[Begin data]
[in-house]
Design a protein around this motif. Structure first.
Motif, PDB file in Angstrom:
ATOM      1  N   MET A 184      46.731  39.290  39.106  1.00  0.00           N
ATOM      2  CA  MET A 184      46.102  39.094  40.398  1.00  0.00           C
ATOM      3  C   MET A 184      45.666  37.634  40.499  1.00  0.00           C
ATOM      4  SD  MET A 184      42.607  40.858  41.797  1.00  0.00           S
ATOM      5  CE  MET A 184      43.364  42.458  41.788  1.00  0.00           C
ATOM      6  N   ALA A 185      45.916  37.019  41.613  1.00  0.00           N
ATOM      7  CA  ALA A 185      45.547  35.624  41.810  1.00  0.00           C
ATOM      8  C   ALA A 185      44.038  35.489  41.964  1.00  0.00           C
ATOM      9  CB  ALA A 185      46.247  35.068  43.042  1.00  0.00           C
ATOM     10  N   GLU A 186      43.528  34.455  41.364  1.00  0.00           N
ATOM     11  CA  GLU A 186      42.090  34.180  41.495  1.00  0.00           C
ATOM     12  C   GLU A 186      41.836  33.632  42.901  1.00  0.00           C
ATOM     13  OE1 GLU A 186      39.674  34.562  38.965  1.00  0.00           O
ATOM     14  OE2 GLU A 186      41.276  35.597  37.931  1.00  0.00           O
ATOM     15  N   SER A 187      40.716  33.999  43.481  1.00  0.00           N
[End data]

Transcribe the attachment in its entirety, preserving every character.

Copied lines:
[in-house]
Design a protein around this motif. Structure first.
Motif, PDB file in Angstrom:
ATOM      1  N   MET A 184      46.731  39.290  39.106  1.00  0.00           N
ATOM      2  CA  MET A 184      46.102  39.094  40.398  1.00  0.00           C
ATOM      3  C   MET A 184      45.666  37.634  40.499  1.00  0.00           C
ATOM      4  SD  MET A 184      42.607  40.858  41.797  1.00  0.00           S
ATOM      5  CE  MET A 184      43.364  42.458  41.788  1.00  0.00           C
ATOM      6  N   ALA A 185      45.916  37.019  41.613  1.00  0.00           N
ATOM      7  CA  ALA A 185      45.547  35.624  41.810  1.00  0.00           C
ATOM      8  C   ALA A 185      44.038  35.489  41.964  1.00  0.00           C
ATOM      9  CB  ALA A 185      46.247  35.068  43.042  1.00  0.00           C
ATOM     10  N   GLU A 186      43.528  34.455  41.364  1.00  0.00           N
ATOM     11  CA  GLU A 186      42.090  34.180  41.495  1.00  0.00           C
ATOM     12  C   GLU A 186      41.836  33.632  42.901  1.00  0.00           C
ATOM     13  OE1 GLU A 186      39.674  34.562  38.965  1.00  0.00           O
ATOM     14  OE2 GLU A 186      41.276  35.597  37.931  1.00  0.00           O
ATOM     15  N   SER A 187      40.716  33.999  43.481  1.00  0.00           N